How do malicious hackers cause damage? They have access to increas-ingly sophisticated automated software tools that scour the Internet for vulnerable PCs. The tools locate an individual machine by its Internet Protocol address, a unique number that identifies a computer on the Net. Most computers equipped with dial-up connections have dynamic IP addresses: the Internet service provider assigns them a new IP address each time their users log on. By contrast, most high-speed connections, like DSL and cable modems, use constant or "static" IP addresses. In the unlikely event that a hacker decides to target you specifically, such a static address makes it easier to track you down.
An IP address identifies a computer but doesn't provide a way inside. To get in, the hacker must find an open port, or connection point. Think of an IP address as a computer's switchboard number and a port as an individual phone extension.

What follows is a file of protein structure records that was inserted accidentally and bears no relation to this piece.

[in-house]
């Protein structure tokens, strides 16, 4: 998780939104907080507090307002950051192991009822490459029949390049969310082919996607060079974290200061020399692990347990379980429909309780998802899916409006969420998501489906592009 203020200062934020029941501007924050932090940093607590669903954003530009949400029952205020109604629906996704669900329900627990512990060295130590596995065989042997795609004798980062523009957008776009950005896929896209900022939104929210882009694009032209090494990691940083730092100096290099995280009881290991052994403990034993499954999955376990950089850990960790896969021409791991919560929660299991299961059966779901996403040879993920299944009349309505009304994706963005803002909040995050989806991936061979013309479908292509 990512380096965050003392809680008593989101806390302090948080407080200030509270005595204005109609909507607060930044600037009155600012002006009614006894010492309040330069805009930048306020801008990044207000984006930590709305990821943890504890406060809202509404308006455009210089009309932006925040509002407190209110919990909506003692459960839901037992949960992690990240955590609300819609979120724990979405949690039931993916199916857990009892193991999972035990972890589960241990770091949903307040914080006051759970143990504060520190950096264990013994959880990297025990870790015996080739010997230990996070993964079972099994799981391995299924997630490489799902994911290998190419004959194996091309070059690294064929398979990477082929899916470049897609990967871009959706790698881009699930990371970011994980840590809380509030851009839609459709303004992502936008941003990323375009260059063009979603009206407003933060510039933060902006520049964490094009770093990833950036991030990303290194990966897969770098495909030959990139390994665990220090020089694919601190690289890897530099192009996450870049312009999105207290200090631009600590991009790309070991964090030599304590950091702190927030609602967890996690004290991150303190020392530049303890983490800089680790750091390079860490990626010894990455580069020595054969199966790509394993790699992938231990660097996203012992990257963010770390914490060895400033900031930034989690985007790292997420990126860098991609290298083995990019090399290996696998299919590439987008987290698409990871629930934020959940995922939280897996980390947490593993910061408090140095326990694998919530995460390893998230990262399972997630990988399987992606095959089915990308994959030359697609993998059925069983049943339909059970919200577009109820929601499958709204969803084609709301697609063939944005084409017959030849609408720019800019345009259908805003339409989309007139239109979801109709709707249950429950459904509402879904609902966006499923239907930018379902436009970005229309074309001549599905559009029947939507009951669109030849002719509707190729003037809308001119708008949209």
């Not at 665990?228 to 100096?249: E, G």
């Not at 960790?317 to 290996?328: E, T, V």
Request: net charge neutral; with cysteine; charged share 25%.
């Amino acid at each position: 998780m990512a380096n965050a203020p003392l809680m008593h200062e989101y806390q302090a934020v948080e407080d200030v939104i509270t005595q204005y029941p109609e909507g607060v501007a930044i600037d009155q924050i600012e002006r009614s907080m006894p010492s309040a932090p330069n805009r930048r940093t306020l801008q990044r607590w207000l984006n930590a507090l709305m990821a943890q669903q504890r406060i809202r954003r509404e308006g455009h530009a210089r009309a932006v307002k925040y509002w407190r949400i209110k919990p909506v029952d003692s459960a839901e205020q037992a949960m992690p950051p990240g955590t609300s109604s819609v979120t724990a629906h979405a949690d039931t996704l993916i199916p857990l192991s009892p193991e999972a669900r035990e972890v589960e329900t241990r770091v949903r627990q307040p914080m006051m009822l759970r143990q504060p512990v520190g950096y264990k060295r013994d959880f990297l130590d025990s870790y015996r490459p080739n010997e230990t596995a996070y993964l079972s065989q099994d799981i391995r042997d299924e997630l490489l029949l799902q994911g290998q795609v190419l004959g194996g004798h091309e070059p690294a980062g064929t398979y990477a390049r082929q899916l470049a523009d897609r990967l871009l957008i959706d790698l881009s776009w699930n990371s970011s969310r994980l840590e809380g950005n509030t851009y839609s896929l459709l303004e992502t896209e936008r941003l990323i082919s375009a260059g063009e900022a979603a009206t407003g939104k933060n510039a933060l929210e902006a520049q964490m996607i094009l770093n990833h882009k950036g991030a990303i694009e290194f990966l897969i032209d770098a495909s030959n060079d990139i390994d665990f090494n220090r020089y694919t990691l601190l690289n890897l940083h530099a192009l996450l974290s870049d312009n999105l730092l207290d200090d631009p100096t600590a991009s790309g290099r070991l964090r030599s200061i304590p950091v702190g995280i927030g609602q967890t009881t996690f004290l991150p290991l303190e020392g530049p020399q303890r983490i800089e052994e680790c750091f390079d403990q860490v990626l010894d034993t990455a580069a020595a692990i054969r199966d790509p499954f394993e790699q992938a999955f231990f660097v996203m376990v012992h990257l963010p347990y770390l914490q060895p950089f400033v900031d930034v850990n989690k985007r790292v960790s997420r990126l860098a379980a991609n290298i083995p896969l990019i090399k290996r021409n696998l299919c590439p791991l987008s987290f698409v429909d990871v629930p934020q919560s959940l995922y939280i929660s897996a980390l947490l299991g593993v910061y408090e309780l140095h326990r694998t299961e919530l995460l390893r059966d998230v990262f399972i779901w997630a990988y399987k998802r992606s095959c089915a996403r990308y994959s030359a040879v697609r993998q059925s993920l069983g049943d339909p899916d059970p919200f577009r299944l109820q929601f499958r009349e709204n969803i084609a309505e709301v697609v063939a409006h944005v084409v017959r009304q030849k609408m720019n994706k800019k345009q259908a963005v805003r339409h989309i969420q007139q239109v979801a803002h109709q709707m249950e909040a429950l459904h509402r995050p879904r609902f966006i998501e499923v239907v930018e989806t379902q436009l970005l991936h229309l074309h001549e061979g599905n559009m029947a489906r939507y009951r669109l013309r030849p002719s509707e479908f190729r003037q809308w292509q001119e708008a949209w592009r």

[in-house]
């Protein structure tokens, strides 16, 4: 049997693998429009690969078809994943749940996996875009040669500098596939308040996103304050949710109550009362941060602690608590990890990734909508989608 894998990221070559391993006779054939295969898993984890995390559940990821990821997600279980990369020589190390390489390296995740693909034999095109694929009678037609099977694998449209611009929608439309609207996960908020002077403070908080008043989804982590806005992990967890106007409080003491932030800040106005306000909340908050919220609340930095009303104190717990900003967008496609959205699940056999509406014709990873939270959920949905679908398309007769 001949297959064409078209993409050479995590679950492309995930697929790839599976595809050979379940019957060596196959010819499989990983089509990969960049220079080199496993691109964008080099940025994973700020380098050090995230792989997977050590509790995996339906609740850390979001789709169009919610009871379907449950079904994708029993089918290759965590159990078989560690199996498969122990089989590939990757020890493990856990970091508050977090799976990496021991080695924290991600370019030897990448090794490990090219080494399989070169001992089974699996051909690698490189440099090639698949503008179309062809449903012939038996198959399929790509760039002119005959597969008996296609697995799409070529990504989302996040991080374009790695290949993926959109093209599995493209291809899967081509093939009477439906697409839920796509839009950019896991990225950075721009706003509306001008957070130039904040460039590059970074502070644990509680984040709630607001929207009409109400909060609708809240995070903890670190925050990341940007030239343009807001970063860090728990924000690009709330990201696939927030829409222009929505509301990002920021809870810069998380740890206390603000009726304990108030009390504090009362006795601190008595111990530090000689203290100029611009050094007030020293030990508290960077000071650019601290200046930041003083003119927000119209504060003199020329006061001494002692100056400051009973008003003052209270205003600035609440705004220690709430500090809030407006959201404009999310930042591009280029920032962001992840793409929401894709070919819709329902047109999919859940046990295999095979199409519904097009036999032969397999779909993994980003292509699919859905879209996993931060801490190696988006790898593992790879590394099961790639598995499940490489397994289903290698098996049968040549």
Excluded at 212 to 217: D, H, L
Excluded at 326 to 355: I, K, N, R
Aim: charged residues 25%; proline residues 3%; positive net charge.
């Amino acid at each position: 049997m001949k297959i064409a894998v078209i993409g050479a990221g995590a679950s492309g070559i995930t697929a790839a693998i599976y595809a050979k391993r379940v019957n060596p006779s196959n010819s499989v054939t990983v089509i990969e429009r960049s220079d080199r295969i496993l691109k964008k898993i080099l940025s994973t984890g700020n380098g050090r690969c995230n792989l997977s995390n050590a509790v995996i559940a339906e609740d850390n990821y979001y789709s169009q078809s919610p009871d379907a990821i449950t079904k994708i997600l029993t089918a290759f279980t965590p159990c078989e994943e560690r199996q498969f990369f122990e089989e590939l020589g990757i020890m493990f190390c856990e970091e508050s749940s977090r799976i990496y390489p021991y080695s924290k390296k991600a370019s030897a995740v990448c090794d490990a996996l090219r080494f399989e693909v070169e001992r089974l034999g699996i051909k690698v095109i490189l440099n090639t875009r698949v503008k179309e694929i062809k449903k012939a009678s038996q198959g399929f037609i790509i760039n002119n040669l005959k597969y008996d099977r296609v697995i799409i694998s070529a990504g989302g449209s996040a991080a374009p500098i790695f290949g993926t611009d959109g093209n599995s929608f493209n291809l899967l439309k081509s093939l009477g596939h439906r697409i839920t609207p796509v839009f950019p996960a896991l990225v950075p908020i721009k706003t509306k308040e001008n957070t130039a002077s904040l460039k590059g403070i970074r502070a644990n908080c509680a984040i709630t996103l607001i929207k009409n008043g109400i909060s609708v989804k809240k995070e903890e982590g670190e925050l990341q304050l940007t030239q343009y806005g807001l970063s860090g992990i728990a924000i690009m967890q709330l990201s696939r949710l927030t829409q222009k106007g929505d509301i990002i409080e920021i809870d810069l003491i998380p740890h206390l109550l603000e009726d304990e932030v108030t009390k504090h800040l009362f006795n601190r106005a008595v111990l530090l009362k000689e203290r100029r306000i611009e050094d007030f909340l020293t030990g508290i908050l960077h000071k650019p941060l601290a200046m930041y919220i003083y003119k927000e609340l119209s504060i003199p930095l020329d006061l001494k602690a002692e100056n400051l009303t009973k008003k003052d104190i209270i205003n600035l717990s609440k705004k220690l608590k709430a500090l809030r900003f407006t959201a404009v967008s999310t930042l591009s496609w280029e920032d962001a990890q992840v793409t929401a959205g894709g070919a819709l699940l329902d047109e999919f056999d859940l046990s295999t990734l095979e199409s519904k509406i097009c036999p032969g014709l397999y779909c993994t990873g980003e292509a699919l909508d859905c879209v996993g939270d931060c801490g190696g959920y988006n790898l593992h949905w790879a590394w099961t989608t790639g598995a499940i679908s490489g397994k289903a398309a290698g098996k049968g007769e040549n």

Software on your PC creates ports to allow specific networking functions. Web access, for example, generally uses port 80, while FTP runs through port 21. Once they've targeted an IP address, hackers scan the machine for open ports, as happened to Allan Soifer.
Malicious hackers may also trick users into opening ports by sending Trojan horses. Mimicking the tactic invented by the wily Greek invaders of Troy, Trojan horses hide damaging cargo within a seemingly benign shell - in this case, an e-mail attachment or a download. When you double-click and open the shell, the hidden program sneaks out to wreak havoc on your computer. One of the best-known Trojan horses is "Back Orifice". (The name is a play on Microsoft's BackOffice network administration software.) Back Orifice surreptitiously opens a port on your PC that a hacker can then exploit to take control of your machine remotely.